Telehealth alternatives to in-person consultation found lacking in effectiveness: Alt-Con Study (UK)

It needs work and can’t be top down. That’s the conclusion of the Alt-Con Project and its researchers from several UK universities: Warwick, Bristol, Oxford (Nuffield) and Edinburgh. After examining the use of technological alternatives to GP consultations in eight general practices, they found that there were significant barriers to implementation, including insufficient training of non-clinical staff on these approaches’ benefits. The study includes recommendations to guide a more effective implementation.

Practices have been slow to adopt tech alternatives to F2F consults using telephone, email, e-consultation systems, and online video, despite NHS encouragement and programs such as the GP Access Fund. The paradox is that time devoted to non-F2F consults cuts into GPs time seeing live patients in the office.

  • They were adopted without a clear rationale or clearly thinking through cost-benefit for patients and practice staff.
  • Professor Sue Ziebland from Nuffield found that “…practices introduced alternative consultation methods for very different reasons and to solve problems that the practice had identified. These included a failure to be modern, to work more efficiently, to better serve commuters or dispersed populations, and to ensure appointments were available to those who needed them most.”
  • Other reasons: “the acknowledgment that the previous system was broken and unethical in providing a first-come, first-served system that left patients without appointments that they needed, and “the recognition that reception staff and phone lines were overwhelmed.”
  • Noted by other researchers were that ‘one-size-fits-all’, policy and financial incentive driven approaches were “not the best way forward”.

The study looked at GP practices of different sizes (1,938 to 18,353) covering over 85,000 patients, located in different geographic areas of England (6) and Scotland (2) including urban and rural areas, and with a mixture of patients’ socioeconomic status. 45 staff members and 39 patients were interviewed over eight months.

The University of Bristol Centre for Academic Primary Care has published a web page based on the Alt-Con research, offering guidance for GP practices. 

NHS England’s rejoinder: ‘This is a tiny study based on data that is almost two years old. Online consultations offer a convenient alternative to face-to-face appointments and patients are already seeing the benefits.’ Nuffield Department of Primary Care release, British Journal of General Practice, Daily Mail  Hat tip to former TTA Ireland editor Toni Bunting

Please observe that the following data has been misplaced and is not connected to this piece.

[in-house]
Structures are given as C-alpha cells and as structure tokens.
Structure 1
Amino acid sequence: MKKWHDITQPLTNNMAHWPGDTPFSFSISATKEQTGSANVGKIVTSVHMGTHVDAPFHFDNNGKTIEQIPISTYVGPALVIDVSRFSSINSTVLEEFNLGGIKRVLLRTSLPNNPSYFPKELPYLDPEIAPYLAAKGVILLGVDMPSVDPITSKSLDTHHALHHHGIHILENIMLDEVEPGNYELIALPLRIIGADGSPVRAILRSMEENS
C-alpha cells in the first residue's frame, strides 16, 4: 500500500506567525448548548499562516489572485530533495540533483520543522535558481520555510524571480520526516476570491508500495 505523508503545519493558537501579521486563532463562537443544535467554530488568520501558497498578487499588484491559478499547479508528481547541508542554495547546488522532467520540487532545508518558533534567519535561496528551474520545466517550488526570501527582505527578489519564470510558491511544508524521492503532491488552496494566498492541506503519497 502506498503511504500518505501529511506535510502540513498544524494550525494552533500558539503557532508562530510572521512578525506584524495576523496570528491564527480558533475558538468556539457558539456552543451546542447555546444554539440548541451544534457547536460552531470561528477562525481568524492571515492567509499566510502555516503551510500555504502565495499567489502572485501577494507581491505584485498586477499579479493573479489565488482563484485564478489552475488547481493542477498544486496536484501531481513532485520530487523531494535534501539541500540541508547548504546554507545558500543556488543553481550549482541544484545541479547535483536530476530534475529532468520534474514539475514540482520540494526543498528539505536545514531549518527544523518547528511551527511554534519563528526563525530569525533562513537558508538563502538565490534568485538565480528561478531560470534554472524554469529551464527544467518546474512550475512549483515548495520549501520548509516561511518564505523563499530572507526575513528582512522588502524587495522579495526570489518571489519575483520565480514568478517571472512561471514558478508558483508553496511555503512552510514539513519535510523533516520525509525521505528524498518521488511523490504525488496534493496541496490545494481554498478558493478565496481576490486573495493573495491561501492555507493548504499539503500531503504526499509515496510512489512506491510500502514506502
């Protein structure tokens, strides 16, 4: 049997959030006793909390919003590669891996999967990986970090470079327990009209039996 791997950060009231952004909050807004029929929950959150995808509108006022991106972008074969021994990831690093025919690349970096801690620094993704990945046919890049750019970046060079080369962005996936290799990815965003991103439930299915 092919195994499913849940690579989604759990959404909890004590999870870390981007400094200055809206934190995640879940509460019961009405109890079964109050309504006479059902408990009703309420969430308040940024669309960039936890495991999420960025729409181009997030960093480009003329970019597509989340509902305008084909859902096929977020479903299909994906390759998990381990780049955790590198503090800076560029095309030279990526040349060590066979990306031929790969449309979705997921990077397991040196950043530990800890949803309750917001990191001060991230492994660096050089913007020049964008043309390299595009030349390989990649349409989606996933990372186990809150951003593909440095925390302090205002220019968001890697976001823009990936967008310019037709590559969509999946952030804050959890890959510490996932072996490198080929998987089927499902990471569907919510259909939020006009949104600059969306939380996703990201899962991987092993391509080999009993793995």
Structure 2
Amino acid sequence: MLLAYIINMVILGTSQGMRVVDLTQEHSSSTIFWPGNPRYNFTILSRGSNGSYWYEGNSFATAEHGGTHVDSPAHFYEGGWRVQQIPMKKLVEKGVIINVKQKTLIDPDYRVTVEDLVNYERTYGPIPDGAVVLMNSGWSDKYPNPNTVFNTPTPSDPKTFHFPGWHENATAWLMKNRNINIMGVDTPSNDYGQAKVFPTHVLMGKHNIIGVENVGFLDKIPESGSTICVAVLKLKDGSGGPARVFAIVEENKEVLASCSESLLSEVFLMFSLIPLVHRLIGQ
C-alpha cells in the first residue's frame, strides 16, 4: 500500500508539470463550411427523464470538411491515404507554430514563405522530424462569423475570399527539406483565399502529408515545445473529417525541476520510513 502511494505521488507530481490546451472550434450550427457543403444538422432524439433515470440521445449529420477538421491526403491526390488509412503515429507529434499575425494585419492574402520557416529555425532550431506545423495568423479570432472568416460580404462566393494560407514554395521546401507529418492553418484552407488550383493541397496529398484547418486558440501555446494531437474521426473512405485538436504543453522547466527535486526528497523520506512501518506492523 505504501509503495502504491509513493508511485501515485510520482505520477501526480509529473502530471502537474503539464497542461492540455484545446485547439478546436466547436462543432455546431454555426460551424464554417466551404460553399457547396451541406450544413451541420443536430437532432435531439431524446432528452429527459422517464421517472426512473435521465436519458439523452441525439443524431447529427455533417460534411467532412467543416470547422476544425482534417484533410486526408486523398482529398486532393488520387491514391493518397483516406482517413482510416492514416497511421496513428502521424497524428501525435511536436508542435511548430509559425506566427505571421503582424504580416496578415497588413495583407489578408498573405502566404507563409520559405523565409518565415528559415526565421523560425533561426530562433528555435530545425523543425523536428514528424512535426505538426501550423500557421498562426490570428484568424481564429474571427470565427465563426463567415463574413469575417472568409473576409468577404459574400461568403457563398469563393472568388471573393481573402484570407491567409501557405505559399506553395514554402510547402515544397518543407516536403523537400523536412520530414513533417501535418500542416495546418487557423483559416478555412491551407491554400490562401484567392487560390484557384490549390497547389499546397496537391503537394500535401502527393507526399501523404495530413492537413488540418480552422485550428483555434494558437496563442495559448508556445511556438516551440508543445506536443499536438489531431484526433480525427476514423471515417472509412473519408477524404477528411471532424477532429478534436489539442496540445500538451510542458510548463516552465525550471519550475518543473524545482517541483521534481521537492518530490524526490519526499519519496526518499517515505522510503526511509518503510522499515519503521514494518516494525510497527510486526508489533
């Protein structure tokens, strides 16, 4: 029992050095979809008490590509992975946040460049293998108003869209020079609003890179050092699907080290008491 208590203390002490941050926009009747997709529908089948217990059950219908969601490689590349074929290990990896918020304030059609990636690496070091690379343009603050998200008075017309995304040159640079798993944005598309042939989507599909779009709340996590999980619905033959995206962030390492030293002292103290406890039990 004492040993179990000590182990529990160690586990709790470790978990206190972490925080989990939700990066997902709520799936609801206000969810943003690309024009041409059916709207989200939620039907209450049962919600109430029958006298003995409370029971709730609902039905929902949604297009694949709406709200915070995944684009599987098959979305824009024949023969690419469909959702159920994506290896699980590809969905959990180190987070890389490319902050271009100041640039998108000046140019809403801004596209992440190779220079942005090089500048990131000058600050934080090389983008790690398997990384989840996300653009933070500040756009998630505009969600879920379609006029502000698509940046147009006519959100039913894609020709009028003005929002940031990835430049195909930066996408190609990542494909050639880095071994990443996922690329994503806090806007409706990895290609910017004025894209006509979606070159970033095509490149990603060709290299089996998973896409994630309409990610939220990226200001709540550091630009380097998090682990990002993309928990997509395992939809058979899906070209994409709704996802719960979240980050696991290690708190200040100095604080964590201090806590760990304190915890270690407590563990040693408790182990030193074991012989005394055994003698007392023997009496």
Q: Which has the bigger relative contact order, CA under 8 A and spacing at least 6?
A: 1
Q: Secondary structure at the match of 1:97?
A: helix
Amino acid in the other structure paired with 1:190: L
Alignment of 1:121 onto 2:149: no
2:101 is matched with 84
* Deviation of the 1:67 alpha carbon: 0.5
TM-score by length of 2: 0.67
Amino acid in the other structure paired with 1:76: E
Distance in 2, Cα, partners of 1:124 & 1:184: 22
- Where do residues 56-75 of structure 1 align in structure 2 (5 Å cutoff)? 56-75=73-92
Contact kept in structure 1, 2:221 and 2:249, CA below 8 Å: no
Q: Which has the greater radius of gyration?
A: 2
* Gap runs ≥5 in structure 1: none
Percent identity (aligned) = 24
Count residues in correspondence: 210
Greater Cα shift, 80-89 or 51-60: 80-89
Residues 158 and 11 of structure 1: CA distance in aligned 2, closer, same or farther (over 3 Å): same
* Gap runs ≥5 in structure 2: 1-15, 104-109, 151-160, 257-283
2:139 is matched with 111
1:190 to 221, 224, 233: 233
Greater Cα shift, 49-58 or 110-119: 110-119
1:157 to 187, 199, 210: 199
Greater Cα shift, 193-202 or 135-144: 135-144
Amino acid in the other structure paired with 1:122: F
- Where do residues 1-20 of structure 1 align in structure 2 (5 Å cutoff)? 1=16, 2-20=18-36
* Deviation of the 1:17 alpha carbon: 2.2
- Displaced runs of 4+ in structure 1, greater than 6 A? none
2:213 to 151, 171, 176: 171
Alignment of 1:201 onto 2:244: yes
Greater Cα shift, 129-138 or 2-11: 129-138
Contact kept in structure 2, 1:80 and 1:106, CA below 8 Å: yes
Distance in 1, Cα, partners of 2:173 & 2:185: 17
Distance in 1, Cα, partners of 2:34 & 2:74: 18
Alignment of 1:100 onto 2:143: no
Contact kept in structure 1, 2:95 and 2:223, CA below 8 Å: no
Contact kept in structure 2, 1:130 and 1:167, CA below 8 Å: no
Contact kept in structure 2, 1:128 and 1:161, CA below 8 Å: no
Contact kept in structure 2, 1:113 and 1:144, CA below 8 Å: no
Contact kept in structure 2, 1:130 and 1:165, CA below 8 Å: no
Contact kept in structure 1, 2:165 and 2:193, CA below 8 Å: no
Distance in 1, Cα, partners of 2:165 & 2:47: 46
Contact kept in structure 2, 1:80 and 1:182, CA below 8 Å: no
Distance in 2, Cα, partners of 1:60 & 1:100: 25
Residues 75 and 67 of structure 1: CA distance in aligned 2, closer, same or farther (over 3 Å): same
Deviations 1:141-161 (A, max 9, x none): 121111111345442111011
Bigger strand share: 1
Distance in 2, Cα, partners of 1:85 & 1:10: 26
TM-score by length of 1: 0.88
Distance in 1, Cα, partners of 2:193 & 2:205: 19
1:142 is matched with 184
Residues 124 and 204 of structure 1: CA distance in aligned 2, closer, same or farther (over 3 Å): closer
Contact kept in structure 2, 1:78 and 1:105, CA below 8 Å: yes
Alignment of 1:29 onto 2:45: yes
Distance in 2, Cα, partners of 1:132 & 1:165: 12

Babylon Health’s ‘GP at hand’ not at hand for NHS England–yet. When will technology be? Is Carillion’s collapse a spanner in the works?

NHS England won’t be rolling out the Babylon Health ‘GP at hand’ service anytime soon, despite some success in their London test with five GP practices [TTA 12 Jan]. Digital Health cites an October study by Hammersmith and Fulham CCG (Fulham being one of the test practices) that to this Editor expresses both excitement at an innovative approach but with the same easy-to-see drawback:

The GP at Hand service model represents an innovative approach to general practice that poses a number of challenges to existing NHS policy and legislation. The approach to patient registration – where a potentially large volume of patients are encouraged to register at a physical site that could be a significant distance from both their home and work address, arguably represents a distortion of the original intentions of the Choice of GP policy. (Page 12)

There are also concerns about complex needs plus other special needs patients (inequality of service), controlled drug policy, and the capacity of Babylon Health to expand the service. Since the October report, a Babylon spokesperson told Digital Health that “Commissioners have comprehensively signed off our roll-out plan and we look forward to working with them to expand GP at Hand across the country.” 

Re capitation, why ‘GP at hand’ use is tied into a mandatory change of GP practices has left this Editor puzzled. In the US, telemedicine visits, especially the ‘I’ve got the flu and can’t move’ type or to specialists (dermatology) are often (not always) separate from whomever your primary care physician is. Yes, centralizing the records winds up being mostly in the hands of US patients unless the PCP is copied or it is part of a payer/corporate health program, but this may be the only way that virtual visits can be rolled out in any volume. In the UK, is there a workaround where the patient’s electronic record can be accessed by a separate telemedicine doctor?

Another tech head-shaker: 45 percent of GPs want technology-enabled remote working. 48 percent expressed that flexible working and working from home would enable doctors to provide more personalized care. Allowing remote working to support out-of-hours care could not only free up time for thousands of patient appointments but also level out doctor capacity disparities between regions. The survey here of 100 GPs was conducted by a cloud-communications provider, Sesui. Digital Health. This is a special need that isn’t present in the US except in closed systems like the VA, which is finally addressing the problem. The wide use of clinical connectivity apps enables US doctors to split time from hospital to multiple practices–so much so on multiple devices, that app security is a concern.